Monday Market Musings >>> Global Inflation: Ouch that Stings
Picture Credit: Engin Akyurt
As 2022 kicks off, people are hopeful that this year will be the one of redemption for the global economy, as it marks the second year that the world has been disrupted by the Coronavirus pandemic, and hopefully it’s the last. However, things seem to be getting off to a rough start.
The Omicron variant is causing hundreds of thousands of new cases every day worldwide, US inflation is at a four year high, Germany’s economy shrank in the final months of 2021, prices are rising in Japan, and Europe is going through an energy crisis. Let’s take a closer look at each issue and what it means for the chances of a global economic recovery this year.
Omicron is the latest variant of the Coronavirus that has plagued the world. The Omicron variant is said to be less severe than the Delta variant, but it is more transmissible. The UK experienced a huge surge in cases last week as the variant tore through the nation and its weak Covid reduction policies. On the 5th of January they recorded more than 190,000 new cases.
On the brighter side however, the daily case count has come down drastically since then, but they are still recording up to 70,000 new cases per day (as of the 16th of January).
US inflation is also at a four year high. Consumer prices are set to gradually rise and further burden Americans with eye-wateringly large bills. Prices in America are expected to rise by an annual rate of 3.1% over the next ten years.
It’s not just consumer prices that are rising, housing prices are also on the rise. Mortgage rates in the US have soared for a third consecutive week, reaching the highest it has ever been in the past two years. It’s not just the US that is struggling with inflation either, inflation rates in Asian countries are also spiraling upwards. Japan’s inflation forecasts have jumped to the highest they have been in 13 years.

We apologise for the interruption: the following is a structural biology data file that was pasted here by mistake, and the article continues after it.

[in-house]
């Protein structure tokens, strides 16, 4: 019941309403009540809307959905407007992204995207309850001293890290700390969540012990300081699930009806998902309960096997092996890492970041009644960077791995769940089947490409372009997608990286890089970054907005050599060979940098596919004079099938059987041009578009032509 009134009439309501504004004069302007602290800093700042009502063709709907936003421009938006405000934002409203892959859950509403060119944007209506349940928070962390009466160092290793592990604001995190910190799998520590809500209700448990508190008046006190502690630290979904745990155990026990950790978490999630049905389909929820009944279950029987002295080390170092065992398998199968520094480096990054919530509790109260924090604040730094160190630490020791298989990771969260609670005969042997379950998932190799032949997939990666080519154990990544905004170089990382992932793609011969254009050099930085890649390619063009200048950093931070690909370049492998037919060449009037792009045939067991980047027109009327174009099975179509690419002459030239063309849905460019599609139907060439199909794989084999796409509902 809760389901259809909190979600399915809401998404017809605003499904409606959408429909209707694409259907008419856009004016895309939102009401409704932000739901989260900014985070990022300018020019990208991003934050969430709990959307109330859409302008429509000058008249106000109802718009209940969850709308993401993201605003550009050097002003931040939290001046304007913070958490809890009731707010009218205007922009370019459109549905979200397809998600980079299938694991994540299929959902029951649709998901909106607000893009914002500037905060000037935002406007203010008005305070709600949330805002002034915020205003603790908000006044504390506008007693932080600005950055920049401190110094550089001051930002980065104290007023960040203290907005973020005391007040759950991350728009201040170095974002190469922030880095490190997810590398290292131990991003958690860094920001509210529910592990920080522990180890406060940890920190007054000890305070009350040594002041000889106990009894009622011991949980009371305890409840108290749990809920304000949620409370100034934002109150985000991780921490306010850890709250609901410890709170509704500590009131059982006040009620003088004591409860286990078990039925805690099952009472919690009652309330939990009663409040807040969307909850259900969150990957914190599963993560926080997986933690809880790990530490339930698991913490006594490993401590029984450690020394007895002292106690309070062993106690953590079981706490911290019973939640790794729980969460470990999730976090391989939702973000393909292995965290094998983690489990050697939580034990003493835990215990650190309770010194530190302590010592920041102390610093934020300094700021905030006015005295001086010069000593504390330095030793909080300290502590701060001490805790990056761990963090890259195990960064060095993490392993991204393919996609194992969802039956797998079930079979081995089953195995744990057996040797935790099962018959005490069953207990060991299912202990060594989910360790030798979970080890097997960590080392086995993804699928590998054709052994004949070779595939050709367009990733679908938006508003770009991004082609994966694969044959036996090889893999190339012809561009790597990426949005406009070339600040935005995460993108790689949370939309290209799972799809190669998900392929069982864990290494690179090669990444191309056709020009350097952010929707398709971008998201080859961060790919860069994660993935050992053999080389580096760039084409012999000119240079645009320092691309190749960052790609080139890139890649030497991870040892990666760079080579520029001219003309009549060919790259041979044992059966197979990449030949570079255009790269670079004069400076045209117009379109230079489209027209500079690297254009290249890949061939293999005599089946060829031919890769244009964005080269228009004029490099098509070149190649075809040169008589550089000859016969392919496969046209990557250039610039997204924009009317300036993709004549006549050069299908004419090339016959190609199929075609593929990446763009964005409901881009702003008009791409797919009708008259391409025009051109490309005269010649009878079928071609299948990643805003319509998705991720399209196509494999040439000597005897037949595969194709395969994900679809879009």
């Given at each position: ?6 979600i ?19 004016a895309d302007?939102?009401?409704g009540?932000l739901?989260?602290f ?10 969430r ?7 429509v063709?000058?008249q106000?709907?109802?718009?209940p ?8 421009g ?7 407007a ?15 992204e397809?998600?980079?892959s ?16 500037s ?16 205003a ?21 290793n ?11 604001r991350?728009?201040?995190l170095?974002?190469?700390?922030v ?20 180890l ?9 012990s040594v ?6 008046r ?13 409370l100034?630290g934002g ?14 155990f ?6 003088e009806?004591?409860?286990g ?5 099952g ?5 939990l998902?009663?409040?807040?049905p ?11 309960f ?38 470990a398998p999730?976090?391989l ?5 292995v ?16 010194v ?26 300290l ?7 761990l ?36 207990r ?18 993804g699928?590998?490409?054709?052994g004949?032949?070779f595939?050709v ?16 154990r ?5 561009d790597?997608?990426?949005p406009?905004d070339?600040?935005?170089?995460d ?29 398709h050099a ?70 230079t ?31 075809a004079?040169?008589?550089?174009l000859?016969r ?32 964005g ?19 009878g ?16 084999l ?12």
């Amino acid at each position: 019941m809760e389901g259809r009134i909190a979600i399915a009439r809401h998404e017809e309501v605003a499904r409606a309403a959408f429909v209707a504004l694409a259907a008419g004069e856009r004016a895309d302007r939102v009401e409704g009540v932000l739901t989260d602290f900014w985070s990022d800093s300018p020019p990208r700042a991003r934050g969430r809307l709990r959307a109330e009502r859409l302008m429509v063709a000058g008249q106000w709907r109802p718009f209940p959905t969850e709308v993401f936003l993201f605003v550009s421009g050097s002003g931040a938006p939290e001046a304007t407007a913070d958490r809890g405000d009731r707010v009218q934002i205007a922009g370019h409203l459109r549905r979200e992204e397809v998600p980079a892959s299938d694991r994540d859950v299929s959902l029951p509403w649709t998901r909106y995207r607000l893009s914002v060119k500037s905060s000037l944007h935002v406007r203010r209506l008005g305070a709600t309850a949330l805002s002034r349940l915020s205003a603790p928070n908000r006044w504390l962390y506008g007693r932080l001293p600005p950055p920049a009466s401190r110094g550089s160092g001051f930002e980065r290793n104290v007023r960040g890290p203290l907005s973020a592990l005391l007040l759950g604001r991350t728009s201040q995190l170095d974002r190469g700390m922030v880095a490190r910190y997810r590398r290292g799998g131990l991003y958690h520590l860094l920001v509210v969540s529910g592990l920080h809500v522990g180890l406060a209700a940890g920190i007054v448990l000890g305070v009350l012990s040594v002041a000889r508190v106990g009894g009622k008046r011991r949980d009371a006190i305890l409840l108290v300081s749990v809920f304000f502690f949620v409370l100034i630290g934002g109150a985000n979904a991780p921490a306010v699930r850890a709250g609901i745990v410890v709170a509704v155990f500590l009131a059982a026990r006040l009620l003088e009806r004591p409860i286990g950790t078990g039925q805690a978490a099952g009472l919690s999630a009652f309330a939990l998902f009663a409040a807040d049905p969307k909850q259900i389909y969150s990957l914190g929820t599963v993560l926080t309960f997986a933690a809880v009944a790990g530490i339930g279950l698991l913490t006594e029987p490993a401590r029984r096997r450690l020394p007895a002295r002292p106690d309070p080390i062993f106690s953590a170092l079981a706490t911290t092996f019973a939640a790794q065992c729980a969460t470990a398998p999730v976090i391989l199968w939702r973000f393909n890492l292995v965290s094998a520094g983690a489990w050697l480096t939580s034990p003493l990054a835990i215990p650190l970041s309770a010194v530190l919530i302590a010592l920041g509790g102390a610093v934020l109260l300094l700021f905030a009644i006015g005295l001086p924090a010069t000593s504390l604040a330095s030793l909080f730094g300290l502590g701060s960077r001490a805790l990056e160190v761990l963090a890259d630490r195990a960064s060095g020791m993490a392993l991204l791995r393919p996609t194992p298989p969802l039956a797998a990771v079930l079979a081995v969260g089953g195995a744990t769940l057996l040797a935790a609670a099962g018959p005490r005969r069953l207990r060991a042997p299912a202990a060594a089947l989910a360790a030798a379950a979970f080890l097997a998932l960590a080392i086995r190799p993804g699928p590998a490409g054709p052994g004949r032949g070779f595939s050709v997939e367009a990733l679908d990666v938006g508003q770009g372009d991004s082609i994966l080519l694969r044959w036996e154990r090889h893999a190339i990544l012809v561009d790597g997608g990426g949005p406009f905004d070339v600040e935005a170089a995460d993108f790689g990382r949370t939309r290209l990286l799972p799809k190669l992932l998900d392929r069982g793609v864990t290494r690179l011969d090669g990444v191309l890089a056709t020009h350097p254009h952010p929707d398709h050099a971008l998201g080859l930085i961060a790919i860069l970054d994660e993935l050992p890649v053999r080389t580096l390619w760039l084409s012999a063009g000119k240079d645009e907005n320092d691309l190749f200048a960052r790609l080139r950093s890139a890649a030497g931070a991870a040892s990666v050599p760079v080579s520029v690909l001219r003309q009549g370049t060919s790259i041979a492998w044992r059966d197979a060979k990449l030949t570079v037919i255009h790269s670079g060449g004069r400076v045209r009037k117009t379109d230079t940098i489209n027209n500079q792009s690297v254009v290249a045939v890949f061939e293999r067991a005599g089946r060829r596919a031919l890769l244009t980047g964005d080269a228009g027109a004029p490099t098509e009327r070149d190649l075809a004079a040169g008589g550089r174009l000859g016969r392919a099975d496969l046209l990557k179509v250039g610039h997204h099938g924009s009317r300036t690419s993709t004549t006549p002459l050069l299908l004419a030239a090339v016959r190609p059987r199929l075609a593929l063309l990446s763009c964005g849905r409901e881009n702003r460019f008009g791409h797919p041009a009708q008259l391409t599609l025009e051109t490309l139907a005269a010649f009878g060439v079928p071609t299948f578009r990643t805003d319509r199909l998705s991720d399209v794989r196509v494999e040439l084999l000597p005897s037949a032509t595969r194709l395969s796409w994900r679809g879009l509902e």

European Energy Crisis
Energy prices are soaring in Europe and it’s becoming unbearably more expensive. The global gas supply crunch has set the bills soaring as the current supply of natural gas is not enough to meet the demand. Russian Prime Minister Alexander Novak said that the EU have only themselves to blame and commented, “Incorrect planning, short-term energy policy is a headache for European politicians, which they are trying to pass on to others”.
Picture Credit: Mufid Majnun
Another German Recession?
Germany is on the path to yet another recession from the pandemic as the Omicron strain affects traveling and disrupts supply chains. It is reported that output in Germany fell between 0.5% and 1% in the final quarter of 2021, which has produced some shaky forecasts for the first and second quarters of 2022.
It is critical that Germany doesn’t plunge into another recession as a German economic bounce back could set the pace for the rest of Europe to follow suit as well.
However, even with these hinderances kicking off 2022, the World Bank is still confident that the global economy will witness an economic recovery and growth of about 4.1% this year.
January 17th 2021 | 5:20 PM